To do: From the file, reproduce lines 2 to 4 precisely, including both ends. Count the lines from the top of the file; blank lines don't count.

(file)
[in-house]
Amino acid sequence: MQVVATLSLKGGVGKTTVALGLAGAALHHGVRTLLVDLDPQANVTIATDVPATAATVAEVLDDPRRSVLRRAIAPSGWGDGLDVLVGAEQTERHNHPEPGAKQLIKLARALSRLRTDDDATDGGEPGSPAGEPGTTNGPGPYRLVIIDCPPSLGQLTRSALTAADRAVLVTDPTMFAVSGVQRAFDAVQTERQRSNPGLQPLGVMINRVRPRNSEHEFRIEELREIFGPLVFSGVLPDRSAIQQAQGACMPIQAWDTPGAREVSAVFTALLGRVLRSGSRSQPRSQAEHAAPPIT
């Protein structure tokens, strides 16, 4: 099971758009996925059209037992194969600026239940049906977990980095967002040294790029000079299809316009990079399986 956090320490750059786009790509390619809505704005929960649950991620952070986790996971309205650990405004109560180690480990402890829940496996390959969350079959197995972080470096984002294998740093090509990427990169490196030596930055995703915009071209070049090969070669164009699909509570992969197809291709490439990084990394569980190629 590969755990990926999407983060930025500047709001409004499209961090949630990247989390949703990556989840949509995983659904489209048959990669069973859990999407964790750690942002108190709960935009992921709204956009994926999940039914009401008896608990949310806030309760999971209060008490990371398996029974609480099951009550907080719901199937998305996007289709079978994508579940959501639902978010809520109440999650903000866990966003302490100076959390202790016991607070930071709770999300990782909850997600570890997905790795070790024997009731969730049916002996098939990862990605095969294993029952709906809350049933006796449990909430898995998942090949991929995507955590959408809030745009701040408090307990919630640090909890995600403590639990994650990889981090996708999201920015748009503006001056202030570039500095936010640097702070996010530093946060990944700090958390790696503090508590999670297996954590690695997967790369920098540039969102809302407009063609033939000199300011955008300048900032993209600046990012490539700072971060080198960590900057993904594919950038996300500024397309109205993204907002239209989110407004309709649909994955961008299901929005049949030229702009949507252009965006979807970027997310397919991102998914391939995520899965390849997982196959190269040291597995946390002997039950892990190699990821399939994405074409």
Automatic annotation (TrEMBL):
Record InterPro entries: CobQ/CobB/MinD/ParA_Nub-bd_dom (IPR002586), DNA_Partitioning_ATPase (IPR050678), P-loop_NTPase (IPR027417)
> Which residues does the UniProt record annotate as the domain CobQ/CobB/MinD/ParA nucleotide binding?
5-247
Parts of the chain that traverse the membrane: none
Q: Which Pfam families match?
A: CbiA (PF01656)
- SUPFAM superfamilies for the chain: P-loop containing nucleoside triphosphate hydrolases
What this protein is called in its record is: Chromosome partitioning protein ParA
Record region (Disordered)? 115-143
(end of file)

Amino acid sequence: MQVVATLSLKGGVGKTTVALGLAGAALHHGVRTLLVDLDPQANVTIATDVPATAATVAEVLDDPRRSVLRRAIAPSGWGDGLDVLVGAEQTERHNHPEPGAKQLIKLARALSRLRTDDDATDGGEPGSPAGEPGTTNGPGPYRLVIIDCPPSLGQLTRSALTAADRAVLVTDPTMFAVSGVQRAFDAVQTERQRSNPGLQPLGVMINRVRPRNSEHEFRIEELREIFGPLVFSGVLPDRSAIQQAQGACMPIQAWDTPGAREVSAVFTALLGRVLRSGSRSQPRSQAEHAAPPIT
């Protein structure tokens, strides 16, 4: 099971758009996925059209037992194969600026239940049906977990980095967002040294790029000079299809316009990079399986 956090320490750059786009790509390619809505704005929960649950991620952070986790996971309205650990405004109560180690480990402890829940496996390959969350079959197995972080470096984002294998740093090509990427990169490196030596930055995703915009071209070049090969070669164009699909509570992969197809291709490439990084990394569980190629 590969755990990926999407983060930025500047709001409004499209961090949630990247989390949703990556989840949509995983659904489209048959990669069973859990999407964790750690942002108190709960935009992921709204956009994926999940039914009401008896608990949310806030309760999971209060008490990371398996029974609480099951009550907080719901199937998305996007289709079978994508579940959501639902978010809520109440999650903000866990966003302490100076959390202790016991607070930071709770999300990782909850997600570890997905790795070790024997009731969730049916002996098939990862990605095969294993029952709906809350049933006796449990909430898995998942090949991929995507955590959408809030745009701040408090307990919630640090909890995600403590639990994650990889981090996708999201920015748009503006001056202030570039500095936010640097702070996010530093946060990944700090958390790696503090508590999670297996954590690695997967790369920098540039969102809302407009063609033939000199300011955008300048900032993209600046990012490539700072971060080198960590900057993904594919950038996300500024397309109205993204907002239209989110407004309709649909994955961008299901929005049949030229702009949507252009965006979807970027997310397919991102998914391939995520899965390849997982196959190269040291597995946390002997039950892990190699990821399939994405074409």
Automatic annotation (TrEMBL):